A season of love begins in SeoulNo day but today - to get your tickets to “Rent,” that is. The Broadway production of the hit musical will be in Seoul next month for a week and a half while on its world tour.
Since its 1996 debut, the musical has become a cult classic, attracting rabid fans - called “Rentheads” - and detractors along the way. A remake of Giacomo Puccini’s opera “La Boheme” set in late 1980s New York, Rent puts edge into the classic story of doomed love and artistic ideals.
At the center of the story are three couples - rock star and recovering addict Roger (played by original cast member Adam Pascal) and Mimi (Lexi Lawson), a pole-dancing teenager; Collins (Michael McElroy), a gay philosophy professor, and Angel (Justin Johnston), a cross-dressing percussionist; and chronically unfaithful performance artist Maureen (Nicolette Hart) and lesbian lawyer Joanne (Haneefah Wood).And, as the late composer Jonathan Larson would attest, like many a couple in Alphabet City at the time, two of the three couples have AIDS.
This fact injects a strong sense of tragedy into the show, which could be more accurately described as a “rock opera.” When life is literally on the line, these bohemian residents of the East Village have no choice but to live in the moment - as seen in numbers such as “Another Day” and “Life Support,” both of which urge audiences to “forget regret, or life is yours to miss.”
The specter of death bleeds into real-life aspects of the show, too, as Larson died in 1996 of a sudden brain aneurysm just after the final dress rehearsal of Rent. After seven years devoted to its development, the composer never saw the phenomenon that the musical eventually became.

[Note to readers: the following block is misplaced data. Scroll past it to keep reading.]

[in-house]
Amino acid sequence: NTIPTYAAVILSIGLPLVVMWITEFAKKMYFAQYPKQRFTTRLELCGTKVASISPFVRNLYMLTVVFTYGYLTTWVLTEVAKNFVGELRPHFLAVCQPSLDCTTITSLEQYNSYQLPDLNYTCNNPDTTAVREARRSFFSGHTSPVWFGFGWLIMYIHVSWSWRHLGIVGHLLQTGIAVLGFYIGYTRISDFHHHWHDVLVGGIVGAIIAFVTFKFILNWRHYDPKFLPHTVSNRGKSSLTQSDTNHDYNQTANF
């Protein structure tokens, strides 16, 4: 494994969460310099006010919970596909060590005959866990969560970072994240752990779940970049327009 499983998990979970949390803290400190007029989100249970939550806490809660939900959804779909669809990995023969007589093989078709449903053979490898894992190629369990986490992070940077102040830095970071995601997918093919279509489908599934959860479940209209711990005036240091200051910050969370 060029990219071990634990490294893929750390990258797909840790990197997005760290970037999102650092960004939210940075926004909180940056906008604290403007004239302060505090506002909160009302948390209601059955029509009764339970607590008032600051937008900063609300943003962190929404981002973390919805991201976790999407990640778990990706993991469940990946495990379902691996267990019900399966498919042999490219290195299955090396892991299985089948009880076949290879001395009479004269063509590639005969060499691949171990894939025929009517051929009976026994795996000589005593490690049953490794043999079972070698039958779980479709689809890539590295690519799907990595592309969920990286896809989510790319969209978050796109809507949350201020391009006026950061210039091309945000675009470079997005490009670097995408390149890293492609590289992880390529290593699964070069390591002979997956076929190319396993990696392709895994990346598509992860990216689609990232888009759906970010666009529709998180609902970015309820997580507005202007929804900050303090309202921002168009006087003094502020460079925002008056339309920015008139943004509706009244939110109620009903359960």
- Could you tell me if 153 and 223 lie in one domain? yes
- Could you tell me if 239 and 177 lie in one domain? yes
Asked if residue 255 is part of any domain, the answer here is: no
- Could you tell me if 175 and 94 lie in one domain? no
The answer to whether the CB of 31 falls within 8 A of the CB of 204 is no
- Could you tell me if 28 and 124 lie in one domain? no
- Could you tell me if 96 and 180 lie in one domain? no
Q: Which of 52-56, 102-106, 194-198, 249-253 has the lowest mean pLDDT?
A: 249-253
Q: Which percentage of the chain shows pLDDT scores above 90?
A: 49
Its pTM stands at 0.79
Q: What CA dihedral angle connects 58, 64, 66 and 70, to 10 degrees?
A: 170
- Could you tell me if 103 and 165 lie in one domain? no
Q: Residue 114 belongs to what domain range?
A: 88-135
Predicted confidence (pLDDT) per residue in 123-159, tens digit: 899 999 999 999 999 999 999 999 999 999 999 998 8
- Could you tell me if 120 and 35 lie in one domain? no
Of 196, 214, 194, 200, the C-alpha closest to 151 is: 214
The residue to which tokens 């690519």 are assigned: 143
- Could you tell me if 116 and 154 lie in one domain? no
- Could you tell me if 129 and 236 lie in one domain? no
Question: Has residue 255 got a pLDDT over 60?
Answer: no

But disease isn’t the only focus of Rent. Technology comes heavily into play while the community of artists grapples with the encroachment of the digital age. In the show, Benny (Jacques C. Smith), a former roommate of Roger, creates a new movement called “cyber arts.” As if it wasn’t already complicated enough, Benny has also, by the grace of marrying up, become everybody’s landlord. And Benny’s last girlfriend? None other than Mimi.
Add this to the fact that Roger’s best friend Mark (Anthony Rapp, also of the original cast), a filmmaker, used to date Maureen, and you’ve got one tangled web of romance. It’s no wonder that the show’s program comes with a flowchart of relationships.
The winner of the Pulitzer Prize and four Tony Awards, Rent was one of the longest-running shows on Broadway. But today its focus on AIDS and the evils of technology - now considered passe complaints in some circles - lead to accusations that it’s simply outdated. It’s been parodied many times; for example, the film “Team America: World Police,” features a “Broadway” song called “Everyone has AIDS.”
And with Rent’s irreverent, blatant raciness, more conservative Korean audiences may not exactly find it easy to identify with. After all, its lyrics include the lines, “To sodomy/ It’s between God and me/ To S&M” - hardly congruent with Seoul’s skyline of neon red crosses.
But with appealing themes of loving and living with zeal, music that borrows from Puccini’s virtuosity and local Rentheads’ infectious enthusiasm, new audiences may find themselves easy converts to fandom. After all, what cold heart wouldn’t melt to “Seasons of Love”?
“Rent” will run Sept. 8 to 20 at the KBS Performing Arts Hall in Yeouido, near National Assembly Station, line No. 9, exit 4. Performances are at 8 p.m. Tuesdays to Fridays, 3 and 8 p.m. Saturdays, 2 and 7 p.m. Sundays. Tickets range from 40,000 won ($32) to 200,000 won at http://ticket.auction.co.kr, or call 1566-1369 (English available). Children under 8 will not be admitted.
By Hannah Bae [email@example.com]
Top left, the drag queen Angel (Justin Johnston) is one of the AIDS-afflicted characters in “Rent.”
Unlike many Seoul musicals, “Rent” will be performed here in English with an all-foreign cast. All photos provided by New Venture Entertainment